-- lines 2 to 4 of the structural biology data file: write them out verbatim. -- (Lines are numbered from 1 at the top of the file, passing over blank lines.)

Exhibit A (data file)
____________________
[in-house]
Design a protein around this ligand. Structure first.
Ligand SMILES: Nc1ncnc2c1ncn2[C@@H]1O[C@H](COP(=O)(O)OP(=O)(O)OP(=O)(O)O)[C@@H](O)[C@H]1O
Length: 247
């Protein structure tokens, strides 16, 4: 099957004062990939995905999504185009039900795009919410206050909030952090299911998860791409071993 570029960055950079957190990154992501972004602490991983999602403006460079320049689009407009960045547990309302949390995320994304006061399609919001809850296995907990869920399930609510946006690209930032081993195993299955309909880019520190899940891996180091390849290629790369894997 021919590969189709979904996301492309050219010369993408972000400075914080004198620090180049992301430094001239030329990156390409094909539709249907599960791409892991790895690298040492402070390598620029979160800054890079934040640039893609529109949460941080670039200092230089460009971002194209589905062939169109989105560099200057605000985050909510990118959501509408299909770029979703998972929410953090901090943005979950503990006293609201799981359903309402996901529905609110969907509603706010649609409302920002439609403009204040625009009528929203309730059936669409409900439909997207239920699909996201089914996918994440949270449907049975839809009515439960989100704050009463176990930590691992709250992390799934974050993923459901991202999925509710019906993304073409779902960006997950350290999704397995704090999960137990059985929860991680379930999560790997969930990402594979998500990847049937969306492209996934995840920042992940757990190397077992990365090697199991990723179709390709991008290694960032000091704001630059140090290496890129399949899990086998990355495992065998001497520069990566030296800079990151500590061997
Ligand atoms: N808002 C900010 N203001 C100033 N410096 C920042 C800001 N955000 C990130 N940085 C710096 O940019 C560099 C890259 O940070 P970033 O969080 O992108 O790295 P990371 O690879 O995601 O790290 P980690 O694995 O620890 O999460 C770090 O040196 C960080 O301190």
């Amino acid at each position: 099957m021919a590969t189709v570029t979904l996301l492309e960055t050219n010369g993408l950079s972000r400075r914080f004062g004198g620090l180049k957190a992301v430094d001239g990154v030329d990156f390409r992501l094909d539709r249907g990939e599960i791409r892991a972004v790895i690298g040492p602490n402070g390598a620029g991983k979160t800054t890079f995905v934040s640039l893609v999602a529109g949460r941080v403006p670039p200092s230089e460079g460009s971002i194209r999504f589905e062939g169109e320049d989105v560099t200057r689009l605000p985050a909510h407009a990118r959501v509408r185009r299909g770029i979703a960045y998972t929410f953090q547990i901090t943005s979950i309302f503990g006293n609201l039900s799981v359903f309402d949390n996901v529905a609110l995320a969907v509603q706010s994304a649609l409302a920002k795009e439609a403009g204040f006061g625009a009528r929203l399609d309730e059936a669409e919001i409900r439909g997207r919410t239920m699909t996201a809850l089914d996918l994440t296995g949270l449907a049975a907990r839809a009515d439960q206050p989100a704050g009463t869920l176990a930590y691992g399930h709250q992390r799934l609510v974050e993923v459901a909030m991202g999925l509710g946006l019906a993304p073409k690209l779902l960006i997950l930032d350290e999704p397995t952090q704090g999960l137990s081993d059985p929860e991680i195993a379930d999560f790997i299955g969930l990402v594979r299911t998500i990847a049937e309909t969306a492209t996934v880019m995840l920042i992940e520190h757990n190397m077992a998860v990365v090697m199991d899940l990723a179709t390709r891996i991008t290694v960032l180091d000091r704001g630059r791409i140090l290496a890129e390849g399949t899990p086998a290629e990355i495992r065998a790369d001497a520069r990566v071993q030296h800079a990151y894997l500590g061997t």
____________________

Design a protein around this ligand. Structure first.
Ligand SMILES: Nc1ncnc2c1ncn2[C@@H]1O[C@H](COP(=O)(O)OP(=O)(O)OP(=O)(O)O)[C@@H](O)[C@H]1O
Length: 247